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UK restaurants in deep trouble, data reveals what went wrong

IFM_UK restaurants-image
The top 100 restaurant groups were forced to go through significant restructuring programmes during the COVID pandemic.

In the UK, due to a lack of staffers and the rising cost of living, which has driven customers to reduce their spending, the number of restaurants going out of business has risen by more than 60% in the previous year.

1,406 restaurants in the UK shut shops in the 12 months to May, up 64% from the previous year, revealed new data from the accountancy firm UHY Hacker Young.

That represents a higher percentage increase in closures than the overall hospitality sector, which experienced a 56% spike in insolvencies during the same time period.

Byron, Gourmet Burger Kitchen, and the Italian chains Strada and Carluccio’s were some of the high-profile restaurants that were forced to close down many of their outlets during the peak of the COVID pandemic as a result of the heavy financial losses they incurred during the multiple lockdowns and other coronavirus restrictions.

Peter Kubik, a partner at UHY Hacker Young, said, “Pressure is rising on the restaurant sector every day. More and more of them are shutting their doors as a consequence. Restaurants that only just managed to survive the pandemic thanks to government support are now facing fresh challenges in the form of rising inflation, a post-Brexit labour shortage, and consumers who simply cannot afford to spend as much.”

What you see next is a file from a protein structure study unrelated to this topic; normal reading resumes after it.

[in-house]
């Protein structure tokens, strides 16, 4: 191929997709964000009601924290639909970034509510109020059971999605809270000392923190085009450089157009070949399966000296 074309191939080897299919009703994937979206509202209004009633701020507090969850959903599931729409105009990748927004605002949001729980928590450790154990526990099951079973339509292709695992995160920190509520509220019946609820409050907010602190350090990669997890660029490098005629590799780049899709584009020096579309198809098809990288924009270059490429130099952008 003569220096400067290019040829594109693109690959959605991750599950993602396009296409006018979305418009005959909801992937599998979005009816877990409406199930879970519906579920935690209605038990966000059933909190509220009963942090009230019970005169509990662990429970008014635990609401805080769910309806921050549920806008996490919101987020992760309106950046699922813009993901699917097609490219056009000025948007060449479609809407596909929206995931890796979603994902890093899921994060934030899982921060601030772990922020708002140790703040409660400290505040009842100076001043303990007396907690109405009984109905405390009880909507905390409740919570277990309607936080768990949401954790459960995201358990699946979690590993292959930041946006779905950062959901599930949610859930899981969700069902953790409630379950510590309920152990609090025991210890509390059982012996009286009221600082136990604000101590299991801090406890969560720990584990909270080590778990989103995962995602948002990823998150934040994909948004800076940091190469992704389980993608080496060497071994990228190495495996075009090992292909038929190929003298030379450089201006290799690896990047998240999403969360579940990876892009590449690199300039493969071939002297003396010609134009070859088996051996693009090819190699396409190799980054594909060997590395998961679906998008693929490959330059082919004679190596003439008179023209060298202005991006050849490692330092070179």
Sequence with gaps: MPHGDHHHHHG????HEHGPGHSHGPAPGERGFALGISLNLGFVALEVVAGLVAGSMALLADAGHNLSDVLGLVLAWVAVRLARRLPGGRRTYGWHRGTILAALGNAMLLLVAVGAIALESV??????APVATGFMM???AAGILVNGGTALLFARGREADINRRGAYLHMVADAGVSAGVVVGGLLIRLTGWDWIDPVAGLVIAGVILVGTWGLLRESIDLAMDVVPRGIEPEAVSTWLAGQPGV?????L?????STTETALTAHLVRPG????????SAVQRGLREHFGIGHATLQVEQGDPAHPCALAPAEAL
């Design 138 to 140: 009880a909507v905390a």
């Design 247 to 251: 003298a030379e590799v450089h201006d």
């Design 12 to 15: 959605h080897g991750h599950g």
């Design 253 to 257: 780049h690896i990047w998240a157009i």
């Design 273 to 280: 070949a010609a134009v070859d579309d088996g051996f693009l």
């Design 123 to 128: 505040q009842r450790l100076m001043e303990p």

The top 100 restaurant groups were forced to go through significant restructuring programmes during the COVID pandemic when they were forced to rely on state support packages that included business rates holidays, and furlough payments for staff. According to research released in June by UHY, losses at these restaurant groups had increased to more than £800 million in the previous six months.

Due to the soaring prices, from gas and electricity to food and clothes, businesses across the United Kingdom have been dealing with a slowdown in spending by the consumer.

With household income being exhausted at a rate not seen since modern records first began in 2001, inflation, which was fueled in part by the war in Ukraine, reached a 40-year high of 9.4% in June.

The anticipated increase in the annual energy price cap from under £2,000 to over £3,000 in October also poses additional concerns.

Analysts are warning that inflation could rise as high as 12% by October, putting households under further financial strain and forcing people to cut out extra costs, including eating out.

By October, analysts predict that inflation may reach a peak of 12%, further straining household budgets and causing consumers to cut back on additional expenses like eating out.

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